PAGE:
I’ve learned that watering tamarind too much will kill it, so each one of them will stay slightly on the dry side.  I have not encountered any pests or diseases yet.  As far as I know they are fairly pest-free in their natural habitat.

I look forward to seeing them flower, maybe five to six years from now.  They may not flower at all, but like our Kaffir limes, the oldest of which is around 20 years old, thrive but never flower.  By then, any survivor should be something of real beauty.

Tea For Cold And Flu

A Remarkable Home Remedy; Ginger Tea

It is late winter now and so far we’ve escaped without suffering colds or flu (although my fingers are crossed).   With the unforgiving winter weather this year many of my friends and colleagues have come down with either colds or flu.  Some took flu shots but got sick anyway.  I had a flu shot some years ago and it made me feel sick so I haven’t repeated it since.

Even with the temperature going up and down from 50 to 0 F. within days and not enough sleep, we still managed to ward off colds and flu.  What we have been doing aside from staying away from people who are sick, is drinking our home made ginger tea.  There are no tea leaves in it, just ingredients that can be purchased at any food store.  This tea recipe was passed along from my grandmother and it does the trick for us.  We keep sipping it once we start to feel something coming on.

The end product of my ginger tea in a cup our friend gave us two years ago.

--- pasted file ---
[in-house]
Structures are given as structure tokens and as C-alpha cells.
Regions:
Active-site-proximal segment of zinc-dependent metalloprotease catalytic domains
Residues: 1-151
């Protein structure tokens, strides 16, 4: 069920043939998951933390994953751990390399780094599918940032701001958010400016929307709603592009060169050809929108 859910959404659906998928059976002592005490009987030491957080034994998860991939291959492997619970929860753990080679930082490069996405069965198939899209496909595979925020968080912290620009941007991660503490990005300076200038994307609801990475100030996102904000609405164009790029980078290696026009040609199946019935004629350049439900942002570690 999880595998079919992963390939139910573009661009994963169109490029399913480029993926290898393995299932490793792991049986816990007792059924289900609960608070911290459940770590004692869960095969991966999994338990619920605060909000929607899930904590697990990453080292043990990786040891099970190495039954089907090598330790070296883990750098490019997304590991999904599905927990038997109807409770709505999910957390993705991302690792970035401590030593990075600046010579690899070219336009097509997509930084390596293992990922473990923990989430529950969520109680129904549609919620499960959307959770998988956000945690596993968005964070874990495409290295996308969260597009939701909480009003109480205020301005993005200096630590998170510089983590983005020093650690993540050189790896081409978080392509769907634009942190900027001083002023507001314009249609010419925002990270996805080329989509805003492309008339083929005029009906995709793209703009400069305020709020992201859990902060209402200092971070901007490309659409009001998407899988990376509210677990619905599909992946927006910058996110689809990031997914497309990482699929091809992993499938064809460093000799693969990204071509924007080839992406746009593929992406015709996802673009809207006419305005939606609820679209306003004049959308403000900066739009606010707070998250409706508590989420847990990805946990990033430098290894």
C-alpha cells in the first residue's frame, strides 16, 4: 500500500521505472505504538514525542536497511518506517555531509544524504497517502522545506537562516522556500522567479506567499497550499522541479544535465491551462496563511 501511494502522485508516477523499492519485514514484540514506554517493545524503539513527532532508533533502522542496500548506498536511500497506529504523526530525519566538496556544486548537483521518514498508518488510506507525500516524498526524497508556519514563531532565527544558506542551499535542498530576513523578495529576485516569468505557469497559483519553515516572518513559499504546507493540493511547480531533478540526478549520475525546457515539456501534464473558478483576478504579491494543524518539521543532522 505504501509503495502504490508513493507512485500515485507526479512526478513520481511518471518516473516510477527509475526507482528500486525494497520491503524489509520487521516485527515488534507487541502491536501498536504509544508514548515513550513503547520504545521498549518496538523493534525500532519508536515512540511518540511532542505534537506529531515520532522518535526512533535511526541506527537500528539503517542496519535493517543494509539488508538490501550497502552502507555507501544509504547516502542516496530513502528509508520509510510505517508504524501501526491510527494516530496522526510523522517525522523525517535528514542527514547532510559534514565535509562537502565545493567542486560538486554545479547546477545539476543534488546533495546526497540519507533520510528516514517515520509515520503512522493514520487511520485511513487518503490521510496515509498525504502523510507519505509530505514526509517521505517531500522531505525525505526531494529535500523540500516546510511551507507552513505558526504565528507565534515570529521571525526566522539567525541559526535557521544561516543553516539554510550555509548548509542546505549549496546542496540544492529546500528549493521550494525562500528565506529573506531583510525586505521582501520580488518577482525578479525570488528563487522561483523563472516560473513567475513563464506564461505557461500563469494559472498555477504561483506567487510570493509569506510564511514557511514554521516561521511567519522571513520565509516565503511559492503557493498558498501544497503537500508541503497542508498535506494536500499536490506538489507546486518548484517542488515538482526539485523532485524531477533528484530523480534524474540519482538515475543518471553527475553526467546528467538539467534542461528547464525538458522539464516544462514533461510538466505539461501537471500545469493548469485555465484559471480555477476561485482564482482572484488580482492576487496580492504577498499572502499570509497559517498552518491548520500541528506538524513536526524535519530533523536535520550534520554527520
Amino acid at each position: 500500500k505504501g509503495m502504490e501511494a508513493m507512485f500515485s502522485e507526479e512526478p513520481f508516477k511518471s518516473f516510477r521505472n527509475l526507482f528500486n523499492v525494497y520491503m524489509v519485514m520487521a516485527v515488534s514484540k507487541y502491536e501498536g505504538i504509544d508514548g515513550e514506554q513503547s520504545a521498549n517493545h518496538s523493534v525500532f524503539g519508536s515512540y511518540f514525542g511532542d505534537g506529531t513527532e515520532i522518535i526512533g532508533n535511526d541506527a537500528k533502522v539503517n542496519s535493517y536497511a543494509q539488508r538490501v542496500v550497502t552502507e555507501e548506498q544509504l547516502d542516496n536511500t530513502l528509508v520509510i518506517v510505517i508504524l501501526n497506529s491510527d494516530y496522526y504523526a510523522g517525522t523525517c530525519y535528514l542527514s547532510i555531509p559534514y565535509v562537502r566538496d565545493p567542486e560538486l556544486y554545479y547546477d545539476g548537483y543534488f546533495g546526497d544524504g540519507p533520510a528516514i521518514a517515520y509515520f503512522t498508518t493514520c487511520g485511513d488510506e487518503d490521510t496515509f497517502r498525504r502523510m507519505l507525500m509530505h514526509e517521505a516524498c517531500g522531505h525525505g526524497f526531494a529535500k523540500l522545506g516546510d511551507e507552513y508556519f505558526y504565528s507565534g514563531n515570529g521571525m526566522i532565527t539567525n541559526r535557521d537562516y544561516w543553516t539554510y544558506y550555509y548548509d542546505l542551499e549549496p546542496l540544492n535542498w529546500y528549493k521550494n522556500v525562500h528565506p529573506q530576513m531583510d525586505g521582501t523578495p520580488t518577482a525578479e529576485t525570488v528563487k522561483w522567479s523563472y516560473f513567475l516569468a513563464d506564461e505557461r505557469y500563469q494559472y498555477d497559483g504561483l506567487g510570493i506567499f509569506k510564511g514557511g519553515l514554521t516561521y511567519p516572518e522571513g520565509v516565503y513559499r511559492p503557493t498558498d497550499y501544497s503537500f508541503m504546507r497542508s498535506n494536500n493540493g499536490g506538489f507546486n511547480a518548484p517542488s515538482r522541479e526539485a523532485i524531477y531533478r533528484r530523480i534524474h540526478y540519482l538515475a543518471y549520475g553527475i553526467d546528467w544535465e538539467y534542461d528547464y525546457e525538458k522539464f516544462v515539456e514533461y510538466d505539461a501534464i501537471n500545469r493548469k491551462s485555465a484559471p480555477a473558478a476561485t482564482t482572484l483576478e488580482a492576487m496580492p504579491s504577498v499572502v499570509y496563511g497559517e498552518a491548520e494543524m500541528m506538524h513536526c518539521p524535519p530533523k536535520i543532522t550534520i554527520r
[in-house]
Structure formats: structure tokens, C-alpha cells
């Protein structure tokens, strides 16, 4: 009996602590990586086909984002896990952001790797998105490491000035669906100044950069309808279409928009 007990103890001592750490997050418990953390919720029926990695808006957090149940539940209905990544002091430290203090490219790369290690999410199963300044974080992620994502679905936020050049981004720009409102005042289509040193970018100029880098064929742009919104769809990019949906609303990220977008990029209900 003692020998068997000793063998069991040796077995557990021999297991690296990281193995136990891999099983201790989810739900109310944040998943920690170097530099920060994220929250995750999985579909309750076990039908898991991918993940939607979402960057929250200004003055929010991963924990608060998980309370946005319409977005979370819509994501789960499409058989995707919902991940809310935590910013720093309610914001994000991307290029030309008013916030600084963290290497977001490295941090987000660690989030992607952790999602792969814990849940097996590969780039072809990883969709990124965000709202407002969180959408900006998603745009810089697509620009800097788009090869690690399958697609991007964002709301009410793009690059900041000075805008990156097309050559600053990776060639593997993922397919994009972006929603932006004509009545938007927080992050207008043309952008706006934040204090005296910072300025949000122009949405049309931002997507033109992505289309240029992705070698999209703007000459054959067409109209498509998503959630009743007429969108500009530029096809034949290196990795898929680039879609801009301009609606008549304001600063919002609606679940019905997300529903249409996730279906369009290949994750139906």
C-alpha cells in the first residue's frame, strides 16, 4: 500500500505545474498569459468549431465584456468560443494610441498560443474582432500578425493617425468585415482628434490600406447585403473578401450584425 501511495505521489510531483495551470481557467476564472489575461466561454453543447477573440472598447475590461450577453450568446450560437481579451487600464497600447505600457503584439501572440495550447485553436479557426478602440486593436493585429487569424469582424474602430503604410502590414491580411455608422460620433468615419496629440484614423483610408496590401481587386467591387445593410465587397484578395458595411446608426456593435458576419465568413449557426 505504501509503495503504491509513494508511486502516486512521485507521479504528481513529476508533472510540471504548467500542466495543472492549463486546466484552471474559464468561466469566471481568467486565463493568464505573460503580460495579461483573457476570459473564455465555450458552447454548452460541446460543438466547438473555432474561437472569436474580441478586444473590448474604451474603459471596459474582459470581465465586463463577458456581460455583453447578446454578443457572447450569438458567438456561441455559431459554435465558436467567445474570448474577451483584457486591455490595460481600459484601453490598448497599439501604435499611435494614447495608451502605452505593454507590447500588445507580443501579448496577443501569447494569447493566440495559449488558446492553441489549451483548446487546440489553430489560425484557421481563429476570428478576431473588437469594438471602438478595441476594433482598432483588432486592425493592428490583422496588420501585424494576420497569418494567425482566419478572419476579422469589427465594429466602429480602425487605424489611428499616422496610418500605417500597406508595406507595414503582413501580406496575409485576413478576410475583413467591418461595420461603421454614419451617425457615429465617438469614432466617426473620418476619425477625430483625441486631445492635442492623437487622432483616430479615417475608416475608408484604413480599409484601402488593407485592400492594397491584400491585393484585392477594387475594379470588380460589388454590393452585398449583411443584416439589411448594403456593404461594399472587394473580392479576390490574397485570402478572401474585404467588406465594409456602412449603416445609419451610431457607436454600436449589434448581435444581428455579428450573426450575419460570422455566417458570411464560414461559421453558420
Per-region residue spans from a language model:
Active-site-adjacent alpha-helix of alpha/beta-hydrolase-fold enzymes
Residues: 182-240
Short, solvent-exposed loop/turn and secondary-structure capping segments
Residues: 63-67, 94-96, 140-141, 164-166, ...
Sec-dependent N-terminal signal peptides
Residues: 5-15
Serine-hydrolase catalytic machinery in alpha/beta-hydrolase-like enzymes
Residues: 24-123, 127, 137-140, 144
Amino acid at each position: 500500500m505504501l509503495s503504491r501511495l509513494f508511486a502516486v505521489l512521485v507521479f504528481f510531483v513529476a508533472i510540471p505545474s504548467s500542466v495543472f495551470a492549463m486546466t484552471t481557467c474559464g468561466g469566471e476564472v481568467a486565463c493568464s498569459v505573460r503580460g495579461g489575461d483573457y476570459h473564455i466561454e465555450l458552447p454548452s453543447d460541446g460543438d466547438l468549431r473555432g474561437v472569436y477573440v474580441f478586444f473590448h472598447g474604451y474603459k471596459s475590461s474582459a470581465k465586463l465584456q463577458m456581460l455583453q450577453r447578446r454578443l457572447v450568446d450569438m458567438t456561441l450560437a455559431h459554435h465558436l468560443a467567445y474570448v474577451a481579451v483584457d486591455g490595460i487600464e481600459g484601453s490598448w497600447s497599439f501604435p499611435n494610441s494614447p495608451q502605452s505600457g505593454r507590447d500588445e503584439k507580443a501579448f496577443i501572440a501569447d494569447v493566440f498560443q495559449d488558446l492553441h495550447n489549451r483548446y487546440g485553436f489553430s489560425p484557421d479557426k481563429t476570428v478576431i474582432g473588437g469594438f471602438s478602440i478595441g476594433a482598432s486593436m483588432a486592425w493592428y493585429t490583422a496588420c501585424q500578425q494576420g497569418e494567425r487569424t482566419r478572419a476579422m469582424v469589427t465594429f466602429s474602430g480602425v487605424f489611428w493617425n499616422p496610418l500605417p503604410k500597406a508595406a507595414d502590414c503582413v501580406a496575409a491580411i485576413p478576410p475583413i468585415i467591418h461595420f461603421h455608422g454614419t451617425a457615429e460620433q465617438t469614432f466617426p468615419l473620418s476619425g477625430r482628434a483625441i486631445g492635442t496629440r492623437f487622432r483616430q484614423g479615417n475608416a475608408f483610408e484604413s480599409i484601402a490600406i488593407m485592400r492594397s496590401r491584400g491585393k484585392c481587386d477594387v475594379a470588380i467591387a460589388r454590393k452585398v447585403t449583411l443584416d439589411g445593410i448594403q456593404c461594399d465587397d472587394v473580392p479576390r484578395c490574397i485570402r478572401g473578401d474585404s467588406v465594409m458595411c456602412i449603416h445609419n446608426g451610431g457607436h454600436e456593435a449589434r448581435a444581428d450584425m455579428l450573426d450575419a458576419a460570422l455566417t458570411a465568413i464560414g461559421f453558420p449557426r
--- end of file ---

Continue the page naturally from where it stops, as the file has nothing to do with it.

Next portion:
The end product of my ginger tea in a cup our friend gave us two years ago.
Fresh ingredients are the best
Fresh ingredients are the best

Home made Ginger Tea recipe:

  • Fresh ginger, peel off the skin, puree and squeeze the juice out.  I make enough to fill one small bottle at a time and keep it in the refrigerator for a week (usually finishing it before then). I use one table spoon for one cup of tea.
  • Honey, one tablespoon per cup of tea.  I dissolve it in hot water before adding other recipes.  That little jar is from our own hive.
  • Fresh lime juice, one tablespoon per cup.
  • Rose hips, approximately a tablespoon of either fresh or dry.  This is optional but adding it increases the level of vitamin C.
  • Liquor, one teaspoon per cup of tea.  I use Patron Tequila infused with Bhut Jolokia chili pepper but Brandy, Cognac or B & B will do.  It helps to warm you right up when it’s really cold out.  This is optional as well.  But remember, it’s the sparing use of alcohol that the body uses.  If you get a buzz from it, you used way to much, hence the reference ‘teaspoon.’

Hot ginger tea without lime juice, rose hips and liquor is also good for indigestion and bloating.  Just using fresh ginger juice with a little bit of honey to make it more palatable. Sip it when it is still hot.

Rose hips picked from Rugosa 'Hansa' rose last season.
Rose hips picked from Rugosa ‘Hansa’ rose last season.

Rugosa roses (Rosa rugosa) are not just pretty, fragrant and hardy, they are also the best for producing rose hips.  Rugosa ‘Hansa’ and ‘Foxi’ provide a lot of rose hips for me.  I’ve been eating some ripe ones right in the garden and dry the rest for using until I get a fresh batch in fall.

Rugosa roses are also bee friendly, both bumble bees and honey bees, love them.

Rugosa 'Foxi' produce fragrant flowers in abundance from late spring to fall.
Rugosa ‘Foxi’ produce fragrant flowers in abundance from late spring to fall.
Rugosa 'Hansa' is a fast grower and once it blooms it won't stop blooming until fall
Rugosa ‘Hansa’ is a fast grower and once it blooms it won’t stop blooming until fall